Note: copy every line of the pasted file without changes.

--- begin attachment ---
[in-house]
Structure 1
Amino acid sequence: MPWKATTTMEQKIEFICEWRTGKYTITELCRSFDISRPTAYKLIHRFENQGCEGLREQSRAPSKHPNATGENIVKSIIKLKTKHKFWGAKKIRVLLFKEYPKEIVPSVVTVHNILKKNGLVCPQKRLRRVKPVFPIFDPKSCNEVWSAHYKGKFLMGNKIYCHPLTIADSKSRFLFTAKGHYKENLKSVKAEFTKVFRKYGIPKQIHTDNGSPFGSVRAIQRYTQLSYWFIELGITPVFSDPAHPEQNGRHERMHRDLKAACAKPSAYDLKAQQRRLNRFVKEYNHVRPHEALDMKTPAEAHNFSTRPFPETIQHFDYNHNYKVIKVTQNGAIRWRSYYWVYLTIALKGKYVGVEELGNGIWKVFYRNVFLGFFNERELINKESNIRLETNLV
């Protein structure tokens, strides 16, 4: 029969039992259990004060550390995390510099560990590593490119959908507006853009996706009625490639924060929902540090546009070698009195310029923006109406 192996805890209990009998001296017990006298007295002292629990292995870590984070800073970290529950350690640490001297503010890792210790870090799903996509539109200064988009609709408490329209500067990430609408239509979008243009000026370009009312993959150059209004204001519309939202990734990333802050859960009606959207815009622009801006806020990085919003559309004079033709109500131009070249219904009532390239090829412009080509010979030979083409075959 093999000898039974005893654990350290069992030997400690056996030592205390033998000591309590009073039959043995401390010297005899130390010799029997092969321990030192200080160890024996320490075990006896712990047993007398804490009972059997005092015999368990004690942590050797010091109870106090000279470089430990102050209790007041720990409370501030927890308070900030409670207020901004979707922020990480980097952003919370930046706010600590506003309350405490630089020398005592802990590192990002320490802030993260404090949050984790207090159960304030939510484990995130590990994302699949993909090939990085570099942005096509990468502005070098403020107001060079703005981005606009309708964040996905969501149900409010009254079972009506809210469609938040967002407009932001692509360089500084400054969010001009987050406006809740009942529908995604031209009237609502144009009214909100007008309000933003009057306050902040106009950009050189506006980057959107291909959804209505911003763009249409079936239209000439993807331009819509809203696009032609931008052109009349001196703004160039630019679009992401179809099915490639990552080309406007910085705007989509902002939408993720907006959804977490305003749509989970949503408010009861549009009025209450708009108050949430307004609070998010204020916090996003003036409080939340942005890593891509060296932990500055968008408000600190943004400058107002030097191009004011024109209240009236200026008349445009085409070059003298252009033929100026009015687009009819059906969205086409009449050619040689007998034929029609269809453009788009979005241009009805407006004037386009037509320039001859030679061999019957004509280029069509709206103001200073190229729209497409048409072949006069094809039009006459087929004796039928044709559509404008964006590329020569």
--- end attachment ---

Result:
[in-house]
Structure 1
Amino acid sequence: MPWKATTTMEQKIEFICEWRTGKYTITELCRSFDISRPTAYKLIHRFENQGCEGLREQSRAPSKHPNATGENIVKSIIKLKTKHKFWGAKKIRVLLFKEYPKEIVPSVVTVHNILKKNGLVCPQKRLRRVKPVFPIFDPKSCNEVWSAHYKGKFLMGNKIYCHPLTIADSKSRFLFTAKGHYKENLKSVKAEFTKVFRKYGIPKQIHTDNGSPFGSVRAIQRYTQLSYWFIELGITPVFSDPAHPEQNGRHERMHRDLKAACAKPSAYDLKAQQRRLNRFVKEYNHVRPHEALDMKTPAEAHNFSTRPFPETIQHFDYNHNYKVIKVTQNGAIRWRSYYWVYLTIALKGKYVGVEELGNGIWKVFYRNVFLGFFNERELINKESNIRLETNLV
């Protein structure tokens, strides 16, 4: 029969039992259990004060550390995390510099560990590593490119959908507006853009996706009625490639924060929902540090546009070698009195310029923006109406 192996805890209990009998001296017990006298007295002292629990292995870590984070800073970290529950350690640490001297503010890792210790870090799903996509539109200064988009609709408490329209500067990430609408239509979008243009000026370009009312993959150059209004204001519309939202990734990333802050859960009606959207815009622009801006806020990085919003559309004079033709109500131009070249219904009532390239090829412009080509010979030979083409075959 093999000898039974005893654990350290069992030997400690056996030592205390033998000591309590009073039959043995401390010297005899130390010799029997092969321990030192200080160890024996320490075990006896712990047993007398804490009972059997005092015999368990004690942590050797010091109870106090000279470089430990102050209790007041720990409370501030927890308070900030409670207020901004979707922020990480980097952003919370930046706010600590506003309350405490630089020398005592802990590192990002320490802030993260404090949050984790207090159960304030939510484990995130590990994302699949993909090939990085570099942005096509990468502005070098403020107001060079703005981005606009309708964040996905969501149900409010009254079972009506809210469609938040967002407009932001692509360089500084400054969010001009987050406006809740009942529908995604031209009237609502144009009214909100007008309000933003009057306050902040106009950009050189506006980057959107291909959804209505911003763009249409079936239209000439993807331009819509809203696009032609931008052109009349001196703004160039630019679009992401179809099915490639990552080309406007910085705007989509902002939408993720907006959804977490305003749509989970949503408010009861549009009025209450708009108050949430307004609070998010204020916090996003003036409080939340942005890593891509060296932990500055968008408000600190943004400058107002030097191009004011024109209240009236200026008349445009085409070059003298252009033929100026009015687009009819059906969205086409009449050619040689007998034929029609269809453009788009979005241009009805407006004037386009037509320039001859030679061999019957004509280029069509709206103001200073190229729209497409048409072949006069094809039009006459087929004796039928044709559509404008964006590329020569």